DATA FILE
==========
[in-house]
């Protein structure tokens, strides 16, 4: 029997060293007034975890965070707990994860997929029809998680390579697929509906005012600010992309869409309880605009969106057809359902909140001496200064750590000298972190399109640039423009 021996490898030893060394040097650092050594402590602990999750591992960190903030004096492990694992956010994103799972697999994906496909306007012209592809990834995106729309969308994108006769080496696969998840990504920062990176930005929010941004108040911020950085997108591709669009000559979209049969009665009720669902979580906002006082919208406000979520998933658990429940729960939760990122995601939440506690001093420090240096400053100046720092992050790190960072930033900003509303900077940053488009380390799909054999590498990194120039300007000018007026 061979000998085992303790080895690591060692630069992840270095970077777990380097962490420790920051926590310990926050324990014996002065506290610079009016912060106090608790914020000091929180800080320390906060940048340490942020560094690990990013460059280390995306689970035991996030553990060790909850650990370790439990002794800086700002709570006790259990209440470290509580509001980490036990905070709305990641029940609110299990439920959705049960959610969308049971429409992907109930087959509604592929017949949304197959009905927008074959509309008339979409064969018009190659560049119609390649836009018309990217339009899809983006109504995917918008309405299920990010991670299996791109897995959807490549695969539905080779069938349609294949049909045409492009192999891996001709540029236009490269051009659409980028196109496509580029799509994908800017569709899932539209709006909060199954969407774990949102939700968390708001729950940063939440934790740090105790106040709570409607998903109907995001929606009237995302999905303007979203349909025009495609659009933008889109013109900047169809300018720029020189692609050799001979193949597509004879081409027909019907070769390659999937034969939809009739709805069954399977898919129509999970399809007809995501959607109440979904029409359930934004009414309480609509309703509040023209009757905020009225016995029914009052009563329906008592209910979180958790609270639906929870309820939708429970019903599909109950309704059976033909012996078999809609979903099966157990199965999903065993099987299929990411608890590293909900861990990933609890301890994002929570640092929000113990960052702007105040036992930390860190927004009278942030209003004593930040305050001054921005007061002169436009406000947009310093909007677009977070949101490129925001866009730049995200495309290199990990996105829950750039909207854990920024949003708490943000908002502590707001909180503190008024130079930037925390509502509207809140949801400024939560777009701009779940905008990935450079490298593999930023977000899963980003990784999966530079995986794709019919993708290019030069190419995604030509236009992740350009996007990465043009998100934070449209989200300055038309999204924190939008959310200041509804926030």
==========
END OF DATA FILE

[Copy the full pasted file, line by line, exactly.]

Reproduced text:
[in-house]
């Protein structure tokens, strides 16, 4: 029997060293007034975890965070707990994860997929029809998680390579697929509906005012600010992309869409309880605009969106057809359902909140001496200064750590000298972190399109640039423009 021996490898030893060394040097650092050594402590602990999750591992960190903030004096492990694992956010994103799972697999994906496909306007012209592809990834995106729309969308994108006769080496696969998840990504920062990176930005929010941004108040911020950085997108591709669009000559979209049969009665009720669902979580906002006082919208406000979520998933658990429940729960939760990122995601939440506690001093420090240096400053100046720092992050790190960072930033900003509303900077940053488009380390799909054999590498990194120039300007000018007026 061979000998085992303790080895690591060692630069992840270095970077777990380097962490420790920051926590310990926050324990014996002065506290610079009016912060106090608790914020000091929180800080320390906060940048340490942020560094690990990013460059280390995306689970035991996030553990060790909850650990370790439990002794800086700002709570006790259990209440470290509580509001980490036990905070709305990641029940609110299990439920959705049960959610969308049971429409992907109930087959509604592929017949949304197959009905927008074959509309008339979409064969018009190659560049119609390649836009018309990217339009899809983006109504995917918008309405299920990010991670299996791109897995959807490549695969539905080779069938349609294949049909045409492009192999891996001709540029236009490269051009659409980028196109496509580029799509994908800017569709899932539209709006909060199954969407774990949102939700968390708001729950940063939440934790740090105790106040709570409607998903109907995001929606009237995302999905303007979203349909025009495609659009933008889109013109900047169809300018720029020189692609050799001979193949597509004879081409027909019907070769390659999937034969939809009739709805069954399977898919129509999970399809007809995501959607109440979904029409359930934004009414309480609509309703509040023209009757905020009225016995029914009052009563329906008592209910979180958790609270639906929870309820939708429970019903599909109950309704059976033909012996078999809609979903099966157990199965999903065993099987299929990411608890590293909900861990990933609890301890994002929570640092929000113990960052702007105040036992930390860190927004009278942030209003004593930040305050001054921005007061002169436009406000947009310093909007677009977070949101490129925001866009730049995200495309290199990990996105829950750039909207854990920024949003708490943000908002502590707001909180503190008024130079930037925390509502509207809140949801400024939560777009701009779940905008990935450079490298593999930023977000899963980003990784999966530079995986794709019919993708290019030069190419995604030509236009992740350009996007990465043009998100934070449209989200300055038309999204924190939008959310200041509804926030």